It’s no secret that ASIC and ASSP designs are getting more complex. First, there’s that whole thing about Moore’s Law allowing design teams to put more transistors, gates, memory cells, transceivers, processors, and acceleration engines on a chip. And, if that weren’t enough, there’s the relatively new quest to stuff an increasing number of chiplets into a package, tying them all together with 2.5D or 3D packaging techniques. The result is a geometric or exponential complexity increase for logic, power distribution, and thermal dissipation.
Less well known, perhaps, is that the current level of first-time success with ASIC designs is a dismal 24 percent, down from 31 percent in 2014, according to a 2022 Functional Verification Study done by Wilson Research Group and Siemens EDA. That’s the lowest level recorded in the past 20 years. As a result, according to this same study, only 36 percent of ASIC projects finish on schedule. The consequences include additional development costs as the projects run past deadlines and, possibly worse, miss market windows. Some missed market windows are worse than others – the Winter holiday selling season, for example.
What about FPGA-based designs, you ask. After all, the hard part of an FPGA-based design, the silicon, is finished before the system design starts (at least in theory). Sadly, this Functional Verification Study says that FPGA-based design is actually in worse shape than ASIC design, with only 30 percent of projects meeting their deadlines. I have a theory about this, not suggested by the study: FPGA design teams tend to be less scrupulous about simulation and verification because the expense of fixing a bug in an FPGA-based design is not nearly as high as for ASIC and ASSP designs. However, that’s just an educated guess. I don’t have a survey to back that up, but I have plenty of anecdotal data to support my theory.
Siemens EDA believes it has a solution to these challenges. The company has announced a product extension to its verification tools. The latest and greatest tool is called Questa Verification IQ with today’s most desirable software ingredients: AI/ML (artificial intelligence and machine learning). According to Siemens EDA, ASIC and ASSP design teams now spend seven to eight months in design verification, and that period continues to stretch as new aspects of a design now need verification. Safety verification, for example.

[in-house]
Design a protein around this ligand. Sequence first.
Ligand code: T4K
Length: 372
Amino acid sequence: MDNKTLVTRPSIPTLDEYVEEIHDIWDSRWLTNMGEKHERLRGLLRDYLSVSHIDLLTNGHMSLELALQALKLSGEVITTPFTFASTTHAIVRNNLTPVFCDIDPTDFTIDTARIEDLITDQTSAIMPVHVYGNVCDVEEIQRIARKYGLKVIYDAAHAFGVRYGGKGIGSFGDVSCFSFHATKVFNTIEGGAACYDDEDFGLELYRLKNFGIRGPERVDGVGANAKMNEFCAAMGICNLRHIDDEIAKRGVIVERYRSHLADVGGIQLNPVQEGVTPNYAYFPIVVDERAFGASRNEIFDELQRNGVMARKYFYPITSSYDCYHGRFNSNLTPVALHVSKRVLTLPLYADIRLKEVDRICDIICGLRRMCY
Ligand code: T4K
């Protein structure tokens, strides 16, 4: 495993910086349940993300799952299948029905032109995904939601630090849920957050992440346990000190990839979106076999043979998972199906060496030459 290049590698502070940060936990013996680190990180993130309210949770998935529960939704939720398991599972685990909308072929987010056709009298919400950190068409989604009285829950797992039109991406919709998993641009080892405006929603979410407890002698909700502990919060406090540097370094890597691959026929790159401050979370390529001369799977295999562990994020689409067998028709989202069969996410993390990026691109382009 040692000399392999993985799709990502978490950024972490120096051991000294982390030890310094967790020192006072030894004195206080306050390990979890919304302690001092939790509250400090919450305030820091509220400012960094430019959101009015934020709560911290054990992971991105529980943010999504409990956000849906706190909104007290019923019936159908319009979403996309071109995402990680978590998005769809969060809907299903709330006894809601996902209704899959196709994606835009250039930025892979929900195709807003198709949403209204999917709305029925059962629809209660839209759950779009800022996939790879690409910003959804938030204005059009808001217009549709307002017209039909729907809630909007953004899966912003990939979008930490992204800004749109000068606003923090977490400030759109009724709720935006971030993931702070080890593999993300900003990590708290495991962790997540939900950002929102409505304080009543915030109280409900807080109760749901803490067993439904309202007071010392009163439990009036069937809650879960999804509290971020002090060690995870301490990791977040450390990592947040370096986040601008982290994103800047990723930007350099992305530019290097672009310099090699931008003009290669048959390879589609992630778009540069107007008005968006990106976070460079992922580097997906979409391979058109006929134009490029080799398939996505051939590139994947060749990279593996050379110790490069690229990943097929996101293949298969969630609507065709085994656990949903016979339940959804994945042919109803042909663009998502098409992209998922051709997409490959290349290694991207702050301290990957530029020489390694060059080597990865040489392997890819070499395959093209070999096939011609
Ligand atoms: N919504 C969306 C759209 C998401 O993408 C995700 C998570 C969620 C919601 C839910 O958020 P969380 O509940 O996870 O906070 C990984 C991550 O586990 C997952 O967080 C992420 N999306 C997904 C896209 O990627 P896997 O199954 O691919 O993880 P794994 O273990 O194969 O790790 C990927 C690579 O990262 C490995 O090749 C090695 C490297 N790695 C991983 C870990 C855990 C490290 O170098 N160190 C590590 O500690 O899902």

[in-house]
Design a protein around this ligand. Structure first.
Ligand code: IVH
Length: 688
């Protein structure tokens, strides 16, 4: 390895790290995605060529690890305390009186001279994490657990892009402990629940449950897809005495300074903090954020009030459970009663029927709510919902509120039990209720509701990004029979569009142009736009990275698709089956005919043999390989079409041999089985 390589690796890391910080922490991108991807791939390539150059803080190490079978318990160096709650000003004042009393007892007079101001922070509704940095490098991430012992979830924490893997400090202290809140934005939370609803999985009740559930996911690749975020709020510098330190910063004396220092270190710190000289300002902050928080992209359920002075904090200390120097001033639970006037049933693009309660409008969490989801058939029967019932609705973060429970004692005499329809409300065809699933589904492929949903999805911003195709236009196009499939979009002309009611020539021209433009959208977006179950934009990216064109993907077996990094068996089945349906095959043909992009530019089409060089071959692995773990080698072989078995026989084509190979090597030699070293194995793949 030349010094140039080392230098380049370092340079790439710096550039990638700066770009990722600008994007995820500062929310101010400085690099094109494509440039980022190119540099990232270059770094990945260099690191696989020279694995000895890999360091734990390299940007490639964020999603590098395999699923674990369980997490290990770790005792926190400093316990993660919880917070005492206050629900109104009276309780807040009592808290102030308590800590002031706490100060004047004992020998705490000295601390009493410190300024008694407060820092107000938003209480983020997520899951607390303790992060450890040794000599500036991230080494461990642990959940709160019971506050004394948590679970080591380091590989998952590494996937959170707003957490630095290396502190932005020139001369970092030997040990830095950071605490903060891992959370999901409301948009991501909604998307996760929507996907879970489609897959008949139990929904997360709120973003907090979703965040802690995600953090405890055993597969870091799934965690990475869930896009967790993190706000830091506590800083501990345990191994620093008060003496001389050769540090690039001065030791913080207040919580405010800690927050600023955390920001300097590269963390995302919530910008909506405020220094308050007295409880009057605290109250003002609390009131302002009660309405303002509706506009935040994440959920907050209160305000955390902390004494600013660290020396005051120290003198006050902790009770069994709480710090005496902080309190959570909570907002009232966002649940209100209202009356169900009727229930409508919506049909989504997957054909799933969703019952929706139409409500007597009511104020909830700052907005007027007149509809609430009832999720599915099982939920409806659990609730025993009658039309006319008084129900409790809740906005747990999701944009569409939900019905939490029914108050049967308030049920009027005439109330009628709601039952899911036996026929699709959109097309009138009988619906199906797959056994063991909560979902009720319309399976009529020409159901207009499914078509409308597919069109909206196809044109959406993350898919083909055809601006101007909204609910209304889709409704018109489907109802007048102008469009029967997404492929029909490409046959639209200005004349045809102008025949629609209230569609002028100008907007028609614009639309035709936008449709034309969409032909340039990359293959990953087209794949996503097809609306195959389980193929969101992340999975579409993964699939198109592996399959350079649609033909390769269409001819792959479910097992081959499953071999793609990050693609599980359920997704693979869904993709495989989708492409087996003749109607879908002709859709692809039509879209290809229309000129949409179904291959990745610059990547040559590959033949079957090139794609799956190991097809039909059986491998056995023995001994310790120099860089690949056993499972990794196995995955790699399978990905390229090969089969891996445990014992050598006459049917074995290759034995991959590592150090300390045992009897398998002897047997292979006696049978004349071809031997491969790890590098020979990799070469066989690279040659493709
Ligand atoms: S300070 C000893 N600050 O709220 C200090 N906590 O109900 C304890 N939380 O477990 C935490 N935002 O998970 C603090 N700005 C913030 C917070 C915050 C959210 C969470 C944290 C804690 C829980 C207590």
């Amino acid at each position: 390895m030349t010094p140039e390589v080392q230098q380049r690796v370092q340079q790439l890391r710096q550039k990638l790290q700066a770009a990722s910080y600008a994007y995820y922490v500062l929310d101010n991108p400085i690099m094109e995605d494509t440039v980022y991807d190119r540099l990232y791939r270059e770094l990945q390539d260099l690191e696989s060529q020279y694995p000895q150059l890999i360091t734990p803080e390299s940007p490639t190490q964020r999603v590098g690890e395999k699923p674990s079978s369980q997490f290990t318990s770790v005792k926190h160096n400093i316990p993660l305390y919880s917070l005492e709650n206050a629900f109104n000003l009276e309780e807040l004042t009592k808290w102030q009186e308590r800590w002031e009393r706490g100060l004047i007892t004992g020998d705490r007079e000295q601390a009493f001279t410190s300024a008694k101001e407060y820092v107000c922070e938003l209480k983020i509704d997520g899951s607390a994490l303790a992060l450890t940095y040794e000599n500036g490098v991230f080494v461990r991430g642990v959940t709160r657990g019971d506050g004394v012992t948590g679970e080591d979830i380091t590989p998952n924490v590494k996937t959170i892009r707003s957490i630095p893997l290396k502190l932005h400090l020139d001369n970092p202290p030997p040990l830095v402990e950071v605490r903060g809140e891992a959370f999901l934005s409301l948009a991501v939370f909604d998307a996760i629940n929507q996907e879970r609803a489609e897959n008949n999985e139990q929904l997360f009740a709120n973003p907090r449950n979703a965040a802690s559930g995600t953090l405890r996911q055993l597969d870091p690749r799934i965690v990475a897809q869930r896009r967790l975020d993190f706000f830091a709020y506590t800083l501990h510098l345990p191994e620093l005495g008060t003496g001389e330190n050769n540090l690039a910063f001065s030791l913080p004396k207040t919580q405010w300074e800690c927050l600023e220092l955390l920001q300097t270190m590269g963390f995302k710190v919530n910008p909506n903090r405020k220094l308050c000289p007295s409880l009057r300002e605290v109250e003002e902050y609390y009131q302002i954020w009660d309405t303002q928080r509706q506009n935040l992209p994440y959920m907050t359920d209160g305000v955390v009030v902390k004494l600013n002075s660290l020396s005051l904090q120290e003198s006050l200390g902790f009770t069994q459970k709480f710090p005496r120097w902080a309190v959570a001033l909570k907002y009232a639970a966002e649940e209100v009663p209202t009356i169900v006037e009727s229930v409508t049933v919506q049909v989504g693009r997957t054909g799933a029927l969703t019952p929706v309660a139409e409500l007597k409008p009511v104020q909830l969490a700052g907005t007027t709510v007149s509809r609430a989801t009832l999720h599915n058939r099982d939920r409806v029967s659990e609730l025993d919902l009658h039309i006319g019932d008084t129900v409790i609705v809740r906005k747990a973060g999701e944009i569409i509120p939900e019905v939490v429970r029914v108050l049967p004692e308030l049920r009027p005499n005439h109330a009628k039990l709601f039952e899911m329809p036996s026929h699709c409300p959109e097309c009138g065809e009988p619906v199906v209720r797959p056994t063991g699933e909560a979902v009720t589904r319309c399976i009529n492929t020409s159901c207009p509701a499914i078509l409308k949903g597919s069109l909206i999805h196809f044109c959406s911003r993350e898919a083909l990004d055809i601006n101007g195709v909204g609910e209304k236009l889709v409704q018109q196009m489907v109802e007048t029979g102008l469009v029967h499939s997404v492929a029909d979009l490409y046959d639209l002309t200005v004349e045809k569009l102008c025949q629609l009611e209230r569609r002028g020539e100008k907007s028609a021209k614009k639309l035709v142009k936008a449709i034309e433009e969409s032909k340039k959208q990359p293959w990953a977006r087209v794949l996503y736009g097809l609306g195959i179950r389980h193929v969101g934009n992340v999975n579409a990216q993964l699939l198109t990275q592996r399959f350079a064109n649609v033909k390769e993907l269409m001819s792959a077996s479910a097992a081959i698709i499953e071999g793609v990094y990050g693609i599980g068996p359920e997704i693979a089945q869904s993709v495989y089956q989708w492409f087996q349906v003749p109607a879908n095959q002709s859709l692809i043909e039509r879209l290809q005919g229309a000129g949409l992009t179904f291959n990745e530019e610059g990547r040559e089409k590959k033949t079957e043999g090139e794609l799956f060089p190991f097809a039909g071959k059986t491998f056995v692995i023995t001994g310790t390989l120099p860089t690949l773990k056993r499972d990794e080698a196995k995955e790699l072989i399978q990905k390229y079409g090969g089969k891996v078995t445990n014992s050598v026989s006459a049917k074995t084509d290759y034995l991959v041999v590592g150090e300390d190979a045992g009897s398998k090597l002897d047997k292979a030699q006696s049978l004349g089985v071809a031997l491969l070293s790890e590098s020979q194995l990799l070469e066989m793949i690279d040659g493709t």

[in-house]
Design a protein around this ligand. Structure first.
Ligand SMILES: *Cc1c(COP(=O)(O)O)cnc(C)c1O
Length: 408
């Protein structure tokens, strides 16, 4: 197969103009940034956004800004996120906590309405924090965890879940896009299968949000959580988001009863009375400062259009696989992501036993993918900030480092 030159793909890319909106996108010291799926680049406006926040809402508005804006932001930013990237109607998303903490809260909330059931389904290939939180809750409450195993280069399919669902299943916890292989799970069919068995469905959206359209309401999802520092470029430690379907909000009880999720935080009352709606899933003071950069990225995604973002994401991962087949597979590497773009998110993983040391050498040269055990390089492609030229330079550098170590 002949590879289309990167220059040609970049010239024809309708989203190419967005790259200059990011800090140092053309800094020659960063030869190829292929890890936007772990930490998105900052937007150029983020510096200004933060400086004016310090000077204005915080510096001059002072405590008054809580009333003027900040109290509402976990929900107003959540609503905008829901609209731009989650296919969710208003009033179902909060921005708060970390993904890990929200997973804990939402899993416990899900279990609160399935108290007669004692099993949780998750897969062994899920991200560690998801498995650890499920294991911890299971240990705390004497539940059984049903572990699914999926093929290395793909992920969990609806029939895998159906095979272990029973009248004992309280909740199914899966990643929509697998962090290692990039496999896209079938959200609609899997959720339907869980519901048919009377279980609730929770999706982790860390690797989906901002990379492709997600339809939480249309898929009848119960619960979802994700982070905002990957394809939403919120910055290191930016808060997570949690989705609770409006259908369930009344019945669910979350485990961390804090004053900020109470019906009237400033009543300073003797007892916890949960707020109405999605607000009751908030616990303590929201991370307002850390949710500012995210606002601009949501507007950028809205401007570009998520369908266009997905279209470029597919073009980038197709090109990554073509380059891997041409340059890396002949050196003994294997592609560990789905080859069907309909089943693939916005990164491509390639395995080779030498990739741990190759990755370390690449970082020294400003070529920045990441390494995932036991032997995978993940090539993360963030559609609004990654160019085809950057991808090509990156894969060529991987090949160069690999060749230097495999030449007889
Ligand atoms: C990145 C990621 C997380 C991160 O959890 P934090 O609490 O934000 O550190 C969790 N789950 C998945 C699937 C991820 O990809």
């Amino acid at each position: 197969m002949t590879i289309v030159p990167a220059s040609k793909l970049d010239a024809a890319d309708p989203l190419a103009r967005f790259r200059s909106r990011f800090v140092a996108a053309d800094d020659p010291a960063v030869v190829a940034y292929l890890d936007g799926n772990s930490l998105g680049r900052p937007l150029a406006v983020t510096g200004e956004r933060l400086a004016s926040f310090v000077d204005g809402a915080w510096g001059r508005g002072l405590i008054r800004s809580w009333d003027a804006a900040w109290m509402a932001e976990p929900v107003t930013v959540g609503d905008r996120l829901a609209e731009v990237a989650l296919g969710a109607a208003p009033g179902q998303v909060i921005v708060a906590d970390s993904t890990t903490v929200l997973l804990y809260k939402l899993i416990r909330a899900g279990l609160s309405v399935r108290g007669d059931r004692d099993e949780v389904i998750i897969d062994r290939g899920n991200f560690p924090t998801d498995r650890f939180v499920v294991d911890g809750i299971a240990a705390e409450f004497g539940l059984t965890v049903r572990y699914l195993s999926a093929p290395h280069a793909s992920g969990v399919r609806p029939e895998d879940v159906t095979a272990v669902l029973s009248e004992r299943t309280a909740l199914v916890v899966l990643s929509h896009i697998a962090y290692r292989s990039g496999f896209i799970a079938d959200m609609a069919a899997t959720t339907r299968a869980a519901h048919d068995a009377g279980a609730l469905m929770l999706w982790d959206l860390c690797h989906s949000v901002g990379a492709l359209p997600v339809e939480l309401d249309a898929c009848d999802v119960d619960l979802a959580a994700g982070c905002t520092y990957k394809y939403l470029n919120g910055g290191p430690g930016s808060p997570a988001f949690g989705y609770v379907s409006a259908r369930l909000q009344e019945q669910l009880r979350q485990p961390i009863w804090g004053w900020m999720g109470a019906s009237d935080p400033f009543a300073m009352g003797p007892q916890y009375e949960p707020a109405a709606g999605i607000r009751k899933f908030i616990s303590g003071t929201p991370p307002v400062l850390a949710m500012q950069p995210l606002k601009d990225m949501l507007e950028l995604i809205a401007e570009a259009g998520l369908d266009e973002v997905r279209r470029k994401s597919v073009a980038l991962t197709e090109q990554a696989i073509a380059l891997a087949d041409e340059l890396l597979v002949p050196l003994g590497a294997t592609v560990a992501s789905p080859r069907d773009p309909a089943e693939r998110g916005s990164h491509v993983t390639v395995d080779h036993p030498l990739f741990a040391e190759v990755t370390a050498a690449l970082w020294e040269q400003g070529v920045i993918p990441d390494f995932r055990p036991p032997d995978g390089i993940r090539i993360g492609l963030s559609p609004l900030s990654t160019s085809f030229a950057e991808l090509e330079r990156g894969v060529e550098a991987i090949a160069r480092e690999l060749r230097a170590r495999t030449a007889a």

The secret to this solution is data – lots and lots of data. A complex ASIC design project or even a design project based on an FPGA generates plenty of data. Every design iteration undergoes its own set of tests, and every test generates reams of data. Data is a result for many simulation activities including logic simulation, device emulation tests, analog and mixed signal simulation, static and formal verification, and functional-safety verification. There’s plenty of information in that data, and that’s information that the design team can use to zero in on a final design. The trick is teasing the relevant information out of that mound of data.
Collaborative tools within the Questa Verification IQ solution include:
- Testplan Author: a test plan editor
- Regression Navigator: a front end for the Siemens EDA regression engine
- Coverage Analyzer: applies AI analytics to test results to gauge and visually display coverage closure through heat maps, distribution and network graphs, and expression trees